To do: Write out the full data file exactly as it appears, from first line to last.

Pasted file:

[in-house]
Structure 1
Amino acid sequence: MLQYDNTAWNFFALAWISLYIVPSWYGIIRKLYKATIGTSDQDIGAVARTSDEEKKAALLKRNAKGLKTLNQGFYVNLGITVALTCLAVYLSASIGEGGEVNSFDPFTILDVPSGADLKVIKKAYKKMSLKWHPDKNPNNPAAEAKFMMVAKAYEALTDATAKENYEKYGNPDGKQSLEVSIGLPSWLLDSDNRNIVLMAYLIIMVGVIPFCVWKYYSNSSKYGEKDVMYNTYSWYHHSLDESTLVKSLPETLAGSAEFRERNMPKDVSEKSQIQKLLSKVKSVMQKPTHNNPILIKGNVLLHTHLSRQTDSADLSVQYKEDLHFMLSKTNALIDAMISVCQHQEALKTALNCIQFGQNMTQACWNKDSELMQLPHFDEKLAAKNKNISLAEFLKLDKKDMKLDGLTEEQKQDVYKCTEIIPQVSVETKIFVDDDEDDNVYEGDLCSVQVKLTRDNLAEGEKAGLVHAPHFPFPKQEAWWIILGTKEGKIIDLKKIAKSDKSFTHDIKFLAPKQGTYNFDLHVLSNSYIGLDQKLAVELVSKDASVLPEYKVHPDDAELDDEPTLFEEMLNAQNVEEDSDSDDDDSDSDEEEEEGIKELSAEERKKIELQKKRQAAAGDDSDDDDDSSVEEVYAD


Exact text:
[in-house]
Structure 1
Amino acid sequence: MLQYDNTAWNFFALAWISLYIVPSWYGIIRKLYKATIGTSDQDIGAVARTSDEEKKAALLKRNAKGLKTLNQGFYVNLGITVALTCLAVYLSASIGEGGEVNSFDPFTILDVPSGADLKVIKKAYKKMSLKWHPDKNPNNPAAEAKFMMVAKAYEALTDATAKENYEKYGNPDGKQSLEVSIGLPSWLLDSDNRNIVLMAYLIIMVGVIPFCVWKYYSNSSKYGEKDVMYNTYSWYHHSLDESTLVKSLPETLAGSAEFRERNMPKDVSEKSQIQKLLSKVKSVMQKPTHNNPILIKGNVLLHTHLSRQTDSADLSVQYKEDLHFMLSKTNALIDAMISVCQHQEALKTALNCIQFGQNMTQACWNKDSELMQLPHFDEKLAAKNKNISLAEFLKLDKKDMKLDGLTEEQKQDVYKCTEIIPQVSVETKIFVDDDEDDNVYEGDLCSVQVKLTRDNLAEGEKAGLVHAPHFPFPKQEAWWIILGTKEGKIIDLKKIAKSDKSFTHDIKFLAPKQGTYNFDLHVLSNSYIGLDQKLAVELVSKDASVLPEYKVHPDDAELDDEPTLFEEMLNAQNVEEDSDSDDDDSDSDEEEEEGIKELSAEERKKIELQKKRQAAAGDDSDDDDDSSVEEVYAD